I noticed that outer attention was much more highly valued in society than inner awareness or personal practice. I saw how left-brain analytical and procedural thinking were typically more highly valued than right brain, relational and innovative thinking. I observed how consistently we value intellect over our emotional, embodied and intuitive ways of knowing. I began to see that the imbalance that was true within me was also present within other people and in our institutions and social structures as well. I realized that our societal inheritance was that of a culture based around competition, hierarchy and scarcity. Within that context, leadership tends to imply a winner-take-all, zero-sum game. This culturally inherited definition of leadership, I found, exists within the very narrow band of an elitist and inherently biased monoculture.
Exploring this leadership legacy, I saw that I associated leadership with characteristics such as independence, self-sacrifice, single-focused work ethic (with no possibility of a balanced life), aggression, toughness, assertion, power, charisma, arrogance and willfulness. I saw it as often motivated by a desire for status, wealth or recognition. When I thought of leaders, I thought of people who were driven, isolated, stoical and aggressive. Who among us wants to be like that?
Because we are all products of a similar culture, and inspired leadership now seems essential to navigating this changing time and relationship with our home, the Earth, I felt it was important to explore other models of leadership that we might all aspire to. I am inspired by collaborative and inclusive forms of leadership that work towards a future that is regenerative, just and healthy in whole-hearted and purposeful ways.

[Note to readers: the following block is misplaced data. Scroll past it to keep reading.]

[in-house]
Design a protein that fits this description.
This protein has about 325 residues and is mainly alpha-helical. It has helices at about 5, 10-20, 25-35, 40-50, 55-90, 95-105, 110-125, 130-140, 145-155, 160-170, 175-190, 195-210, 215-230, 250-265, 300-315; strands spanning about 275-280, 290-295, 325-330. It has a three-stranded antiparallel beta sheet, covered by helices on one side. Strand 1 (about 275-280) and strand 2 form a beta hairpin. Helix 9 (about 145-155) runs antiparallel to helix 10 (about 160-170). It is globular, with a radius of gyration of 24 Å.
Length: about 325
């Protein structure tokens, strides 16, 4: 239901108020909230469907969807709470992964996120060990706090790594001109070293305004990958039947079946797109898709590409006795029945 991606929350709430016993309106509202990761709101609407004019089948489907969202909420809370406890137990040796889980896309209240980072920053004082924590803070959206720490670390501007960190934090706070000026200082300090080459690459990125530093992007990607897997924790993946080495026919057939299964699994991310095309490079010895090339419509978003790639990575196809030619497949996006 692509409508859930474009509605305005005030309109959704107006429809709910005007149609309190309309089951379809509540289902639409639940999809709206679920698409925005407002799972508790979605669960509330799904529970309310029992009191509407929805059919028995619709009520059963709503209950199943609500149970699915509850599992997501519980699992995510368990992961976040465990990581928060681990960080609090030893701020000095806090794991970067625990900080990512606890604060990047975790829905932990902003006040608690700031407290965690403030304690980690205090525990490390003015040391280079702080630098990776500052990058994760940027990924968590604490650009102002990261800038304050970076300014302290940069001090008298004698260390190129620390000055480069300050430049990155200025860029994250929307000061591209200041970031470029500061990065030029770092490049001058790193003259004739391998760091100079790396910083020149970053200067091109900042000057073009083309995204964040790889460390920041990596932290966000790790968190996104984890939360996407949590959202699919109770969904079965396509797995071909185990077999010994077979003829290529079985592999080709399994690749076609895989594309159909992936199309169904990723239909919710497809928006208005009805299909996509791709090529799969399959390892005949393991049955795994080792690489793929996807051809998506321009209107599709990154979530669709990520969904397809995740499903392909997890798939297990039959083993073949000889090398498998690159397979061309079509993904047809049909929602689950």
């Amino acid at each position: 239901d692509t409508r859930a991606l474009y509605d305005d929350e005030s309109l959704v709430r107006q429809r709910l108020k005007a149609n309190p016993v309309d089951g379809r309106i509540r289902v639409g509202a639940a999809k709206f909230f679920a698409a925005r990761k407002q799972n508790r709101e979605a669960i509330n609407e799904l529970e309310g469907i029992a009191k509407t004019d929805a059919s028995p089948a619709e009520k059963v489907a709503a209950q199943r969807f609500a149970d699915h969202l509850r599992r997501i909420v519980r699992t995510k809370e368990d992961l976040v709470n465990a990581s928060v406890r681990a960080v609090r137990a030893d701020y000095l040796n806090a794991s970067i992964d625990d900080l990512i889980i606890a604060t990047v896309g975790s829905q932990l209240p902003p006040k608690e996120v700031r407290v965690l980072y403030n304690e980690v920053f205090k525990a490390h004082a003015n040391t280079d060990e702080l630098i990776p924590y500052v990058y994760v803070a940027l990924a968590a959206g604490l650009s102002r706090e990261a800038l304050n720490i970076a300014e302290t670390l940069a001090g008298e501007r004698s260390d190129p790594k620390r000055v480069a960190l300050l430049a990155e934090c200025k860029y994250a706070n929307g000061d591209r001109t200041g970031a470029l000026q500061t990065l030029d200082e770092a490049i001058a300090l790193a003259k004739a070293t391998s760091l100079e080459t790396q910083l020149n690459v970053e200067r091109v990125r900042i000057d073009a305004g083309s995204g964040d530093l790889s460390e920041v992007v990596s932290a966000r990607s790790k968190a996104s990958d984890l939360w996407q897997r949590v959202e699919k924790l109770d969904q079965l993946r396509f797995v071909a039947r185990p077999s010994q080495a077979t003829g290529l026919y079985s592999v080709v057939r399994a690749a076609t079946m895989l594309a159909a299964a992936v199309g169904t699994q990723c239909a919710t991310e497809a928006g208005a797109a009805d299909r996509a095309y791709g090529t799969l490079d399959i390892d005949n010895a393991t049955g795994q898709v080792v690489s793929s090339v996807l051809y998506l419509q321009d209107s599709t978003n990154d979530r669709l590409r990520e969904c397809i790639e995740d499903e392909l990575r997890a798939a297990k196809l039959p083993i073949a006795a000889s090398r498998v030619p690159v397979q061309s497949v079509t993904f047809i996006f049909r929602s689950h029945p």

To find examples of this kind of leadership, I looked to the diverse array of leaders from the Bioneers networks who we have been identifying and featuring for the past 23 years, all from different disciplines, backgrounds and walks of life, and at different stages in their leadership or life journeys. I found that almost across the board these leaders are: creative, cooperative, curious, courageous, humble, reflective and passionate. They find joy in their work and are adventurous risk-takers who are deeply respectful of their colleagues, readily acknowledge what they don’t know, and respond creatively to challenges they encounter.
Looking at these new models of leadership led me to create the Cultivating Women’s Leadership (CWL) intensives that I have been co-facilitating for the past seven years and to co-edit the book, Moonrise: The Power of Women Leading from the Heart. Co-facilitating the CWL intensives has led me to understand more deeply the diversity of ways in which people learn, grow and transform.
My work has inspired me to more deeply appreciate diversity in all of its forms. I know from my many years with Bioneers, and before that with Seeds of Change, that diversity is about far more than political correctness—it is essential to the resilience and adaptability of any thriving organism or community. I now believe that bringing the full capacity of myself¾my own internal diversity¾to my leadership might actually be among the most effective responses to cultivating my leadership capacity at this pivotal moment in time.